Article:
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Digitizing (scanning)

Although millions of books are scanned and put online every year, making old documents and texts available on the web is a difficult and painstaking process.

Project IMPACT – which stands for Improving Access to Text – is focused on the making the process easier.

Project IMPACT director Hildelies Balk explained: “The problem with turning an historic document into a machine readable text is that it is so very old, everything is different from a modern document, it has old fonts, old words and a very difficult layout.“

Once scanned they are left full of errors, because computers struggle to read old texts with strange layouts, fonts and spellings.

Clemens Neudecker, technical manager for European projects at Koninklijke Bibliotheek, showed us one example: “This is the Principia Mathematica by Isaac Newton. You see actually what we call shine through, that is ink from the opposite page which is just shining through the paper, you see that the paper is warped, and you can also see here there is this long ‘s’ also in use, which can very easily be confused with an ‘f’.”

Researchers at the National Library of the Netherlands have spent four years in a European project to improve software tools to read old books.

Researcher Hildelies Balk said: “We improved software for image enhancement, optical character recognition, post-correction of the document and language technology to make it more accessible.“

“Text that is not fully digital is virtually invisible. Everyone is used to going into a search engine, and looking for a word, and if they don’t find this it basically isn’t there for them.”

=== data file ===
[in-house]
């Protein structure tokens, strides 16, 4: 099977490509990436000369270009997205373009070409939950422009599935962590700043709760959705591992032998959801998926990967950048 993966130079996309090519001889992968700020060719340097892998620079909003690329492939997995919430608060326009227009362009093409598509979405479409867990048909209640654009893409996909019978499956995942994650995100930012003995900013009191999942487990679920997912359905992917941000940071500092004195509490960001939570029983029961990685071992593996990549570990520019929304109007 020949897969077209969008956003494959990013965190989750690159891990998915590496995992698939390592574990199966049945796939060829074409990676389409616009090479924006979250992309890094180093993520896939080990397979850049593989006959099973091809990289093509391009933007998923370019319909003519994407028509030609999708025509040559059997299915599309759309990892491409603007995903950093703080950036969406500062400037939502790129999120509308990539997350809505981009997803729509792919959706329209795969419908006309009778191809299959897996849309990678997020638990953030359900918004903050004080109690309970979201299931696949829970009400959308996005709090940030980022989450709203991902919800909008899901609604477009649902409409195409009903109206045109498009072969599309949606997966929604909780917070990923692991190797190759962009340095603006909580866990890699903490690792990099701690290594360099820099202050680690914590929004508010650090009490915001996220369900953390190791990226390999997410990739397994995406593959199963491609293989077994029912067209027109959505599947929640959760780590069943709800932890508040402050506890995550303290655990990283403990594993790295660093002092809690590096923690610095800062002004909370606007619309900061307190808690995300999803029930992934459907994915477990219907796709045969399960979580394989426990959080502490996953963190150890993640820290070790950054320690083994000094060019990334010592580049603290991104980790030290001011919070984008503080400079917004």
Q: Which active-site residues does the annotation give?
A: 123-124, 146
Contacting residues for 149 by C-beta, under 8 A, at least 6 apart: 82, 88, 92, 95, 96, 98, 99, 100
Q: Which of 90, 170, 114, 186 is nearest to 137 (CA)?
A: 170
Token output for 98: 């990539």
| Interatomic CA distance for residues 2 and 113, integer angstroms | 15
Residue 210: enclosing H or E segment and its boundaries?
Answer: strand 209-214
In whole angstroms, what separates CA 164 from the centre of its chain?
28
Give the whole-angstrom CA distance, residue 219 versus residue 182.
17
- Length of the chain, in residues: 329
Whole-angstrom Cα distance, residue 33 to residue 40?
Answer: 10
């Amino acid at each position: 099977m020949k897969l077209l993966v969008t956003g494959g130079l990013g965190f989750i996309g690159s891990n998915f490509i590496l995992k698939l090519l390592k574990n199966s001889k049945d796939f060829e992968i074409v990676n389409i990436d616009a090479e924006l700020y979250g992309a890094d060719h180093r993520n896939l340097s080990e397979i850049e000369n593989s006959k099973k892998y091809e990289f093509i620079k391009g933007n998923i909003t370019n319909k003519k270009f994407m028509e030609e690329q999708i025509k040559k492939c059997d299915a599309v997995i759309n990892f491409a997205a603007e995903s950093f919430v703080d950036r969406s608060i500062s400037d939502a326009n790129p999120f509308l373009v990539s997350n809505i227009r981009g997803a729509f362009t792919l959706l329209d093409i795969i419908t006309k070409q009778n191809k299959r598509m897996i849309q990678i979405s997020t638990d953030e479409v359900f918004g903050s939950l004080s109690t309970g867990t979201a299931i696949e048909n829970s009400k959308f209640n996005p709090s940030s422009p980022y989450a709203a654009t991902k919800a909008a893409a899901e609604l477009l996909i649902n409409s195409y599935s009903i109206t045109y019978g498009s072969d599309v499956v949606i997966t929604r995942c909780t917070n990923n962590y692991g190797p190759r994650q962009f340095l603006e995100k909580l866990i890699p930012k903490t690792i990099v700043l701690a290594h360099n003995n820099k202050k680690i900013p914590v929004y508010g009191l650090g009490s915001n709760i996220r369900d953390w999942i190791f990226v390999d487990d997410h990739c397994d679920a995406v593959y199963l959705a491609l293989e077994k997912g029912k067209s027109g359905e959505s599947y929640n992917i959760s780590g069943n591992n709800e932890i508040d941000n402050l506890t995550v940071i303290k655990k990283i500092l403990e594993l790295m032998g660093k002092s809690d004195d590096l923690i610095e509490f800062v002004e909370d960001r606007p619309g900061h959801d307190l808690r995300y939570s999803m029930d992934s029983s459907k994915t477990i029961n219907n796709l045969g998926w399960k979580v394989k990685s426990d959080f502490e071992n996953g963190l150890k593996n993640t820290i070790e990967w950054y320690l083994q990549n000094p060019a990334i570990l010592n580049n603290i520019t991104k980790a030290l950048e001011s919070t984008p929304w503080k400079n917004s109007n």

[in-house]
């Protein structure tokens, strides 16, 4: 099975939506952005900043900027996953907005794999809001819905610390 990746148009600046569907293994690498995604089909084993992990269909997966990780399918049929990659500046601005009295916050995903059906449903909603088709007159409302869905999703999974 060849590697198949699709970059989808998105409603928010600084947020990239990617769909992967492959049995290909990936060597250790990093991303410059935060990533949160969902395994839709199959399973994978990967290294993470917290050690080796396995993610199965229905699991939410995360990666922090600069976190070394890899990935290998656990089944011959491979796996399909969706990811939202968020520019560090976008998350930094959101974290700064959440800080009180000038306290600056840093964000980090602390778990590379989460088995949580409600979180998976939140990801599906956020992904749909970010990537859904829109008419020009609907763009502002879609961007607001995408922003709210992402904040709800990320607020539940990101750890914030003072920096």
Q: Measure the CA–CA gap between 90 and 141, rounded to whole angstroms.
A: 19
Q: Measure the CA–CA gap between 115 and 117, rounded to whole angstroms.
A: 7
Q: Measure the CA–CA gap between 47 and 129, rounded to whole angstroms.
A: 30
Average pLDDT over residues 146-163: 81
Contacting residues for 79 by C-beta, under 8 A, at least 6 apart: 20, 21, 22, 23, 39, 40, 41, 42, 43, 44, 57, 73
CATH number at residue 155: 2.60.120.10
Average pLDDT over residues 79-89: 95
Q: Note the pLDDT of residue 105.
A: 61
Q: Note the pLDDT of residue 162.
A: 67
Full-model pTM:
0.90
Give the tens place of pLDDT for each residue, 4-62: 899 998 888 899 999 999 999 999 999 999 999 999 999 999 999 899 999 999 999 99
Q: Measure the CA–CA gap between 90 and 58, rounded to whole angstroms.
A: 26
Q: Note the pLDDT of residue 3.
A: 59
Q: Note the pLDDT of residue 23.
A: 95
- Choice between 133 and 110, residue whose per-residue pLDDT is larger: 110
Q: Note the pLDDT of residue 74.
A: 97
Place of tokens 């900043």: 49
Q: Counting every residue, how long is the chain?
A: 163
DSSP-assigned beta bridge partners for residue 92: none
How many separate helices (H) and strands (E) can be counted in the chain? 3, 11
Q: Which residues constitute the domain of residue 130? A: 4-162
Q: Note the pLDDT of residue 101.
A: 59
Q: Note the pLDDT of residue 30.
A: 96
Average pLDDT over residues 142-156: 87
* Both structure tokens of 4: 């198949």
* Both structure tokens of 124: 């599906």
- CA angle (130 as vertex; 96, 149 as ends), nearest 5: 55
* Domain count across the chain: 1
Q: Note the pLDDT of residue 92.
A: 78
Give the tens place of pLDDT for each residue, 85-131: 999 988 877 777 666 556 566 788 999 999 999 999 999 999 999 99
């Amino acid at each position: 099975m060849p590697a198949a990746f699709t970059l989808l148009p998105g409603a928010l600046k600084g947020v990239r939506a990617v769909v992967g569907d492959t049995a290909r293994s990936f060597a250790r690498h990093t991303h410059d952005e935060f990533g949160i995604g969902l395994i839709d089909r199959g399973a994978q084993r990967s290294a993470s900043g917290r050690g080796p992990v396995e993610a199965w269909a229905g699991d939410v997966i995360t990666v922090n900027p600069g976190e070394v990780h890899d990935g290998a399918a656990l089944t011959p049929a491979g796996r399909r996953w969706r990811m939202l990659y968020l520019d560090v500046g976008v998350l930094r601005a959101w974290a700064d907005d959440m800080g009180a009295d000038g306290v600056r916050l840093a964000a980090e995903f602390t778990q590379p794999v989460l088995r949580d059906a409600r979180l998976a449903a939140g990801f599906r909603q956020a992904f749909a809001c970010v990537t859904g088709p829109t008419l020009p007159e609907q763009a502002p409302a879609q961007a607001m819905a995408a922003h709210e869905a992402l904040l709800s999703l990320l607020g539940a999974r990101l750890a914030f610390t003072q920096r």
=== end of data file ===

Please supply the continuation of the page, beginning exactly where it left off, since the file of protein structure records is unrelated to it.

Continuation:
Read the entire article and watch the video at this link: Euronews

 

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Text digitization in the cultural heritage sector started in earnest in1971, when the first Project Gutenberg text — the United States Declaration of Independence — was keyed into a file on a mainframe at the University of Illinois. The Thesaurus Linguae Graecae began in 1972. The Oxford Text Archive was founded in 1976. The ARTFL Project was founded at the University of Chicago in 1982. The Perseus Digital Librarystarted its development in 1985. The Text Encoding Initiativestarted in 1987. The Women Writers Project started at Brown University in 1988. The University of Michigan’s UMLibText project was started in 1989. The Center for Electronic Texts in the Humanities was established jointly by Princeton University and Rutgers University in 1991. Sweden’s Project Runeberg went online in 1992. The University of Virginia EText Center was also founded in 1992. These projects focused on keyed-in text structured with markup, ASCII or SGML at the time, transitioning to HTML and later, to XML.

Read more herehttp://blogs.loc.gov/digitalpreservation/2012/12/before-you-were-born-we-were-digitizing-texts/

The Google Ngram Viewer is a phrase-usage graphing tool which charts the yearly count of selected n-grams (letter combinations), words, or phrases, as found in over 5.2 million books digitized by Google Inc (up to 2008). The words or phrases (or ngrams) are matched by case-sensitive spelling, comparing exact uppercase letters, and plotted on the graph if found in 40 or more books. The Ngram tool was released in mid-December 2010.

The word-search database was created by Google Labs, based originally on 5.2 million books, published between 1500 and 2008, containing 500 billion words in American English, British English, French, German, Spanish, Russian, or Chinese. Italian words are counted by their use in other languages. A user of the Ngram tool has the option to select among the source languages for the word-search operations.

Info: http://books.google.com/ngrams/info

Search engine: http://books.google.com/ngrams

TED Talk about Google Ngram Viewer: http://www.ted.com/talks/what_we_learned_from_5_million_books.html